Taliban Attack US Embassy, NATO in Kabul

Posted September 13th, 2011 at 2:25 pm (UTC-5)
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Taliban insurgents armed with suicide vests and rocket-propelled grenades have attacked NATO's headquarters, the U.S. Embassy and Afghan police in Kabul. At least seven people have been killed.

Gunfire and bomb blasts could be still heard in the Afghan capital late Tuesday, as security forces worked to repel the assault near the city's diplomatic district.

Afghan police say at least four attackers took over a multi-story building under construction in Kabul's Abdul Haq square and began firing at NATO and the U.S. Embassy. Two other suicide bombers attacked police buildings in western Kabul.

Both NATO and the U.S. Embassy said none of their staff were wounded in the attack.

Afghan officials say four police officers and at least three civilians were killed. More than 19 people were wounded around the capital, including a journalist from Afghan state broadcaster Radio Television Afghanistan.

At least three of the attackers were killed, and Afghan officials say security forces were engaged in a gunbattle at the multi-story building late Tuesday to suppress the remaining insurgents.

A Taliban spokesman told news agencies that the insurgents' primary targets were the Afghan intelligence agency, a ministry, the U.S. Embassy, and NATO.

NATO said a small group of insurgents attacked the vicinity of the U.S. Embassy and coalition headquarters, firing from outside the compound. Both Afghan and NATO forces responded to the attack, with coalition forces also providing air support.

Afghan President Hamid Karzai strongly condemned the attacks saying they will not stop the security transition in Afghanistan, but instead embolden the Afghan people's determination to take responsibility for their own country's affairs.

In Washington, CIA Director David Petraeus told U.S. lawmakers that a rocket-propelled grenade hit the U.S. Embassy complex, wounding four Afghans who were lined up to wait for US visas.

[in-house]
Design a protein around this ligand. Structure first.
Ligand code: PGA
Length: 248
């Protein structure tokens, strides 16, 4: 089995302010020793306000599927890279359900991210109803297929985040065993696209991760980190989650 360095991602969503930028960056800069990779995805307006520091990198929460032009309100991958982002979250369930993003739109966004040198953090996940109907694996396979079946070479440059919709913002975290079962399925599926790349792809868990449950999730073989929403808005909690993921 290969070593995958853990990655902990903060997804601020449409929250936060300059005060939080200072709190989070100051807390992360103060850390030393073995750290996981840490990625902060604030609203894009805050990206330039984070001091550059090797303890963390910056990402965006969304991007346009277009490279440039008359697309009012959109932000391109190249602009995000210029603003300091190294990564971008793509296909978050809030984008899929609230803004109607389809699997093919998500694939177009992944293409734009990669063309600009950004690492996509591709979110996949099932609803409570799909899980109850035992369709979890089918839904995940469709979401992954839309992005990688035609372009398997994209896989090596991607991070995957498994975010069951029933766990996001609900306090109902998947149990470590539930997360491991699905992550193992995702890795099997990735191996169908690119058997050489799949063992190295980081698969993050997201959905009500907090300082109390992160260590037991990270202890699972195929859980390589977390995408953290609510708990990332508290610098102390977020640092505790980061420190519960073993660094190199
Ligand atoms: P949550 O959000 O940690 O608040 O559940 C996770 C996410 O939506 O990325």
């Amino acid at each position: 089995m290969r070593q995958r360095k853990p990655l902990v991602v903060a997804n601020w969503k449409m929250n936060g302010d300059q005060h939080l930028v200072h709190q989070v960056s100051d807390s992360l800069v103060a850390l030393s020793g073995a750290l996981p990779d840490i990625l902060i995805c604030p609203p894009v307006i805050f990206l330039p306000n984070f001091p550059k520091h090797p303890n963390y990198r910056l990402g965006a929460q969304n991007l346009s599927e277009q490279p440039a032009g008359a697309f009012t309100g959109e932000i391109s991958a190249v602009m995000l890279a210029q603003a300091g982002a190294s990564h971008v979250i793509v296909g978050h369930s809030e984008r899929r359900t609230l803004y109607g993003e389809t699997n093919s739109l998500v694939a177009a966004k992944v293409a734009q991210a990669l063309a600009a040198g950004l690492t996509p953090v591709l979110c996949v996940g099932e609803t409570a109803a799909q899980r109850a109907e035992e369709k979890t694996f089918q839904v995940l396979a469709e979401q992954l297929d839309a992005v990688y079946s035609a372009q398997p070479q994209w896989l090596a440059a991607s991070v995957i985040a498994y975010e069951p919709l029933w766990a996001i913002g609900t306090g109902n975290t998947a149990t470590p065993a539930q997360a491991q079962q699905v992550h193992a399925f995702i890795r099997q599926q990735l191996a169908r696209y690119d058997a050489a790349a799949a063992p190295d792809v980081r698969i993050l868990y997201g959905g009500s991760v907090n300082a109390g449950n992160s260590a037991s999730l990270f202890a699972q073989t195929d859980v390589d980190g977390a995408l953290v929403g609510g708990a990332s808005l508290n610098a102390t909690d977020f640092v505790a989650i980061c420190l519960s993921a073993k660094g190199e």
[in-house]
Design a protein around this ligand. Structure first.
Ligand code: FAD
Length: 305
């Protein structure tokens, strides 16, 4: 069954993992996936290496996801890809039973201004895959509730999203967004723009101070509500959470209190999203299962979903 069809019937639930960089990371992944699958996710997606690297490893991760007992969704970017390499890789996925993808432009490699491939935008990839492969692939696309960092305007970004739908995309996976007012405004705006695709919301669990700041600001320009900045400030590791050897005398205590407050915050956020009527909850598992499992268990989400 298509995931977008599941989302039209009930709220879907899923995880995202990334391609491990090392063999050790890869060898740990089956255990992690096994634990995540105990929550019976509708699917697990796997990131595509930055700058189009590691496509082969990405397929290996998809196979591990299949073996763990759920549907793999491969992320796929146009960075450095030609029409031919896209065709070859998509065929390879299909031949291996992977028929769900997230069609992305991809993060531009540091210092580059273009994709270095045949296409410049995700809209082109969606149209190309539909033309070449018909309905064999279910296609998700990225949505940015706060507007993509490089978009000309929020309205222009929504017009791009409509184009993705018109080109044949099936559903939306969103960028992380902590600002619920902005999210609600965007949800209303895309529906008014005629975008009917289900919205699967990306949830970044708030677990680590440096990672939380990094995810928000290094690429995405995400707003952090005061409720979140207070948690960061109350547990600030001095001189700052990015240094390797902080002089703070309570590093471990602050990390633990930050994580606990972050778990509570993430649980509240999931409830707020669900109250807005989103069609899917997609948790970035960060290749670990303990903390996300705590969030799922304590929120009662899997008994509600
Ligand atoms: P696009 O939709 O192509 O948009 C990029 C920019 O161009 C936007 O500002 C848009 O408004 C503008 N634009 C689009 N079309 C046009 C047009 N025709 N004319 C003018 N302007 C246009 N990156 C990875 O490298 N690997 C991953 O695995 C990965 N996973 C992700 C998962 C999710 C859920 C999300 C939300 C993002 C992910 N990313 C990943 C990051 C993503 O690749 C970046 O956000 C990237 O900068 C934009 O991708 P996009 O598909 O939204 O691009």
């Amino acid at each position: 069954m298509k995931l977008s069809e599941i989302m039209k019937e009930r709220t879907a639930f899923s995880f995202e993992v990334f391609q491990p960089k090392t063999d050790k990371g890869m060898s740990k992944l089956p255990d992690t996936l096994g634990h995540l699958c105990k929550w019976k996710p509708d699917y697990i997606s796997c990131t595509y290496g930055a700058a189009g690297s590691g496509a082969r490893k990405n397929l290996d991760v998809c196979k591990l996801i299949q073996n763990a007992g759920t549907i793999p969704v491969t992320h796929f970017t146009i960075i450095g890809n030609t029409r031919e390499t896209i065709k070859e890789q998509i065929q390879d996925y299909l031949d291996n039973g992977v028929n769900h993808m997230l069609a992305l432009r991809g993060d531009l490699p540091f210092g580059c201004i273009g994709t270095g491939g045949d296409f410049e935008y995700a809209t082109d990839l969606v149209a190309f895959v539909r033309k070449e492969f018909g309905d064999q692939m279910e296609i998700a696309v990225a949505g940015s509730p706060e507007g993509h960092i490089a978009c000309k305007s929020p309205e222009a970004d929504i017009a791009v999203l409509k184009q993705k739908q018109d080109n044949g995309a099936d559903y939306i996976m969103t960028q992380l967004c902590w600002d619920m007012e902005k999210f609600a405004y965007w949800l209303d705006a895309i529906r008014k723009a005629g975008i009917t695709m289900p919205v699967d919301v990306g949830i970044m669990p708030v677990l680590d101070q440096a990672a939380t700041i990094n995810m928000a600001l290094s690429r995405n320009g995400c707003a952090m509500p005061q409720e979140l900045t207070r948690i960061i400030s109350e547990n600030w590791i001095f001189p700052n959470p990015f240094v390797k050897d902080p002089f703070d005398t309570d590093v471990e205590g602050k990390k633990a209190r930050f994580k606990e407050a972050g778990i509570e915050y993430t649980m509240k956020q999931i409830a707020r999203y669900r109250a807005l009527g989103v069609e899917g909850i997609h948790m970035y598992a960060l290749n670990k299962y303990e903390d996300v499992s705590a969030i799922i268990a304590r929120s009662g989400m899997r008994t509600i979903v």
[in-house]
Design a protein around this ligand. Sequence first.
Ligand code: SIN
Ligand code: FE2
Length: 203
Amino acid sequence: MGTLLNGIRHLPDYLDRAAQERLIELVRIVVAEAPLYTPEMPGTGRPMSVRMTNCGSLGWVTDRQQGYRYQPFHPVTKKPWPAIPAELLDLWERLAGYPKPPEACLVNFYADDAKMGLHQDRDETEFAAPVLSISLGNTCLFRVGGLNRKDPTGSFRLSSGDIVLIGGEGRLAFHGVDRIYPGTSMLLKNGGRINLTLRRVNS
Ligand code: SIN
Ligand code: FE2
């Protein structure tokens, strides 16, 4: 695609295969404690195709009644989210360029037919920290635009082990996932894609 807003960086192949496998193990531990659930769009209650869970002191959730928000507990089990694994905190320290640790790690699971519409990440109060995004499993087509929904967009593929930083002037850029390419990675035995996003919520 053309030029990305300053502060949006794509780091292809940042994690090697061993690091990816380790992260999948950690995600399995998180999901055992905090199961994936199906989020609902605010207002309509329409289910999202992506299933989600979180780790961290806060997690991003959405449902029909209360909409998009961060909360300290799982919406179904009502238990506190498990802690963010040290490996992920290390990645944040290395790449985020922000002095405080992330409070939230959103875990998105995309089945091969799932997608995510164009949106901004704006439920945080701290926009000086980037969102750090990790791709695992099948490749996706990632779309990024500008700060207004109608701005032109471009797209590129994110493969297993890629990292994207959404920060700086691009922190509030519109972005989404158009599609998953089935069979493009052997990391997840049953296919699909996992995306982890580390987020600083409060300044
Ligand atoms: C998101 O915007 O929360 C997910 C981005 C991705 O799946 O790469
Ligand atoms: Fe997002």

U.S. Secretary of State Hillary Clinton said the United States is working to secure the area and ensure that whose who perpetrated the attack are “dealt with.” Clinton also noted that American civilians are working to assist Afghans with a transition to stability and will not be intimidated by what she called a “cowardly attack.”

White House spokesman Jay Carney said Tuesday's assault would “in no way” deter U.S. commitment to the mission of transferring security control to local forces.

In Brussels, NATO Secretary-General Anders Fogh Rasmussen told reporters that he was confident that Afghan forces could deal with the situation in Kabul. He also said that the transfer of security from NATO to Afghan forces would not be derailed by such attacks. The NATO chief said transition is on track and will continue.

U.S. and NATO forces are set to withdraw their combat troops from Afghanistan by the end of 2014. Afghan security forces have already taken security control of several cities and provinces.

Tuesday's attack was the second major assault on the Afghan capital in less than a month.

On August 18, Taliban suicide bombers stormed the British cultural center in Kabul, killing nine people. In June, Taliban militants stormed the Inter-Continental Hotel, sparking a gunbattle that killed 12 people.